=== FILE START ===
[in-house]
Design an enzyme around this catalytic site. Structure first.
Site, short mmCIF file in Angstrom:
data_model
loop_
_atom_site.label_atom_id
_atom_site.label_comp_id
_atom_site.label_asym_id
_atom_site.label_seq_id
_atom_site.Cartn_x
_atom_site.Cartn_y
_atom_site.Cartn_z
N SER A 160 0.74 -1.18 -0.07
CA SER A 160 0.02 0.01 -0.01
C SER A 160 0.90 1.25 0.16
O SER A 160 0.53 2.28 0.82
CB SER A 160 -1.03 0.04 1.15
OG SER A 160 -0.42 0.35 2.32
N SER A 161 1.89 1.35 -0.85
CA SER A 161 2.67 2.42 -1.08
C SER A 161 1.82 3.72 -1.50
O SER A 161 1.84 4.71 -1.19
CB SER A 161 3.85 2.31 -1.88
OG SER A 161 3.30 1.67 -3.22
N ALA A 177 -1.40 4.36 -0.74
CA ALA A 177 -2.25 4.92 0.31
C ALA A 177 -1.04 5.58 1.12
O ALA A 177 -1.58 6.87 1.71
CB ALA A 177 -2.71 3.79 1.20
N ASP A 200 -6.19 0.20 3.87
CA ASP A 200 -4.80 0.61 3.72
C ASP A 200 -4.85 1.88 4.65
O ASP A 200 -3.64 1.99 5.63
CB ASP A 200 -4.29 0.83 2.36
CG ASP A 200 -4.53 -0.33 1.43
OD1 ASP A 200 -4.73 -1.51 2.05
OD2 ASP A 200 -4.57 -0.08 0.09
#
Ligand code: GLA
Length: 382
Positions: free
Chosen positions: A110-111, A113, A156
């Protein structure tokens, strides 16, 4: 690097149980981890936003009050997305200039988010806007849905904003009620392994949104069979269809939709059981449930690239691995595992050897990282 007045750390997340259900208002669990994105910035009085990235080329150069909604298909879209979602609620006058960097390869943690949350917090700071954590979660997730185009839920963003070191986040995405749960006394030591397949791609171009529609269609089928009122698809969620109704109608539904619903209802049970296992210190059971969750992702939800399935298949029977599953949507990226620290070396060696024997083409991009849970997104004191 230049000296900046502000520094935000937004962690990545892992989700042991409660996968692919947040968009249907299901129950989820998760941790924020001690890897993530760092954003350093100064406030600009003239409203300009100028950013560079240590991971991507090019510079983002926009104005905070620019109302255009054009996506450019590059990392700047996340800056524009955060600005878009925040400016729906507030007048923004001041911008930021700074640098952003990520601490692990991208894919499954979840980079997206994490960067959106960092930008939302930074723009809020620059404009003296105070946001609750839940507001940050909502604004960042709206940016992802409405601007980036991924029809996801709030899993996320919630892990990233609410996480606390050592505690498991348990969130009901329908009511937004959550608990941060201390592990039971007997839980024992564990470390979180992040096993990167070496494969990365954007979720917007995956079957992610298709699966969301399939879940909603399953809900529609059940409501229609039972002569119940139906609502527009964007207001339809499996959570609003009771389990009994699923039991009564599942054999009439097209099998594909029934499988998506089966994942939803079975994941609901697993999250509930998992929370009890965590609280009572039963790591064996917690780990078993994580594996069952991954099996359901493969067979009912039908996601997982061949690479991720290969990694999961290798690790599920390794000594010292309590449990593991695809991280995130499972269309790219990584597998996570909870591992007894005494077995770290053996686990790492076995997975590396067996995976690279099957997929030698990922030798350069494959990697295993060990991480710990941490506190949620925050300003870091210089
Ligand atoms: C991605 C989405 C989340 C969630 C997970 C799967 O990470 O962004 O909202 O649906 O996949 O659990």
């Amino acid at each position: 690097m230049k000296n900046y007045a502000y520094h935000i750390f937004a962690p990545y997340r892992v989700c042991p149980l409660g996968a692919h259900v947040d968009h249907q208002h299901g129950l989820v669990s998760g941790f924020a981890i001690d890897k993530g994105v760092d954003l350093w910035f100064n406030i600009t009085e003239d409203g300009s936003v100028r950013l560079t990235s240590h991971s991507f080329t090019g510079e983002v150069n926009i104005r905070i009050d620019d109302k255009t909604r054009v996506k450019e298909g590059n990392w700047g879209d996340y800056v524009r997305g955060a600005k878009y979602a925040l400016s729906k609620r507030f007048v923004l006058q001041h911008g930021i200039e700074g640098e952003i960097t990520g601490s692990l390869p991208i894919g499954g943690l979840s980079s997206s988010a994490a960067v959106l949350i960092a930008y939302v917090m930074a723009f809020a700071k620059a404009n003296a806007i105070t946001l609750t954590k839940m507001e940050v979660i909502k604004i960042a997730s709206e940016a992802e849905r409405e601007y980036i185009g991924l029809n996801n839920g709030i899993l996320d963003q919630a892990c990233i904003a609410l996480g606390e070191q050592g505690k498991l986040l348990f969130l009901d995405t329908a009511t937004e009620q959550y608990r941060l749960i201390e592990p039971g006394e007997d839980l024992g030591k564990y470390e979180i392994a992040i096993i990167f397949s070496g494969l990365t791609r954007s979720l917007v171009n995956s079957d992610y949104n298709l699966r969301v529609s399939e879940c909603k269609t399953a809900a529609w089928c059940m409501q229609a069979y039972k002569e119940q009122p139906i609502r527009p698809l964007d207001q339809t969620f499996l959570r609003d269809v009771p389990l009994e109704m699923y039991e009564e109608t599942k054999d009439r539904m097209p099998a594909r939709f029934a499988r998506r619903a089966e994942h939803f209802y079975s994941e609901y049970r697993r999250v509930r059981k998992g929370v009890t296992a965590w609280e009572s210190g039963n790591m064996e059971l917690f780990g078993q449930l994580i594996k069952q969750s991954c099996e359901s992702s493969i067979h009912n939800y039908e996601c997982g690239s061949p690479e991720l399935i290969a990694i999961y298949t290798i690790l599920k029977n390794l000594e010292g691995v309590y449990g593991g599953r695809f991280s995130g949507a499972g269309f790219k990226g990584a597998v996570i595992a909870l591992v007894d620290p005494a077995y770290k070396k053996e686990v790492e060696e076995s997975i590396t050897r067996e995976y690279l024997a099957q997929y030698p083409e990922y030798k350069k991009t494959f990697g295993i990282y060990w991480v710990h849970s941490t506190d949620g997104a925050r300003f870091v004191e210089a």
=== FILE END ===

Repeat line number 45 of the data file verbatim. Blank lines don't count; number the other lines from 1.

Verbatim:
């Amino acid at each position: 690097m230049k000296n900046y007045a502000y520094h935000i750390f937004a962690p990545y997340r892992v989700c042991p149980l409660g996968a692919h259900v947040d968009h249907q208002h299901g129950l989820v669990s998760g941790f924020a981890i001690d890897k993530g994105v760092d954003l350093w910035f100064n406030i600009t009085e003239d409203g300009s936003v100028r950013l560079t990235s240590h991971s991507f080329t090019g510079e983002v150069n926009i104005r905070i009050d620019d109302k255009t909604r054009v996506k450019e298909g590059n990392w700047g879209d996340y800056v524009r997305g955060a600005k878009y979602a925040l400016s729906k609620r507030f007048v923004l006058q001041h911008g930021i200039e700074g640098e952003i960097t990520g601490s692990l390869p991208i894919g499954g943690l979840s980079s997206s988010a994490a960067v959106l949350i960092a930008y939302v917090m930074a723009f809020a700071k620059a404009n003296a806007i105070t946001l609750t954590k839940m507001e940050v979660i909502k604004i960042a997730s709206e940016a992802e849905r409405e601007y980036i185009g991924l029809n996801n839920g709030i899993l996320d963003q919630a892990c990233i904003a609410l996480g606390e070191q050592g505690k498991l986040l348990f969130l009901d995405t329908a009511t937004e009620q959550y608990r941060l749960i201390e592990p039971g006394e007997d839980l024992g030591k564990y470390e979180i392994a992040i096993i990167f397949s070496g494969l990365t791609r954007s979720l917007v171009n995956s079957d992610y949104n298709l699966r969301v529609s399939e879940c909603k269609t399953a809900a529609w089928c059940m409501q229609a069979y039972k002569e119940q009122p139906i609502r527009p698809l964007d207001q339809t969620f499996l959570r609003d269809v009771p389990l009994e109704m699923y039991e009564e109608t599942k054999d009439r539904m097209p099998a594909r939709f029934a499988r998506r619903a089966e994942h939803f209802y079975s994941e609901y049970r697993r999250v509930r059981k998992g929370v009890t296992a965590w609280e009572s210190g039963n790591m064996e059971l917690f780990g078993q449930l994580i594996k069952q969750s991954c099996e359901s992702s493969i067979h009912n939800y039908e996601c997982g690239s061949p690479e991720l399935i290969a990694i999961y298949t290798i690790l599920k029977n390794l000594e010292g691995v309590y449990g593991g599953r695809f991280s995130g949507a499972g269309f790219k990226g990584a597998v996570i595992a909870l591992v007894d620290p005494a077995y770290k070396k053996e686990v790492e060696e076995s997975i590396t050897r067996e995976y690279l024997a099957q997929y030698p083409e990922y030798k350069k991009t494959f990697g295993i990282y060990w991480v710990h849970s941490t506190d949620g997104a925050r300003f870091v004191e210089a």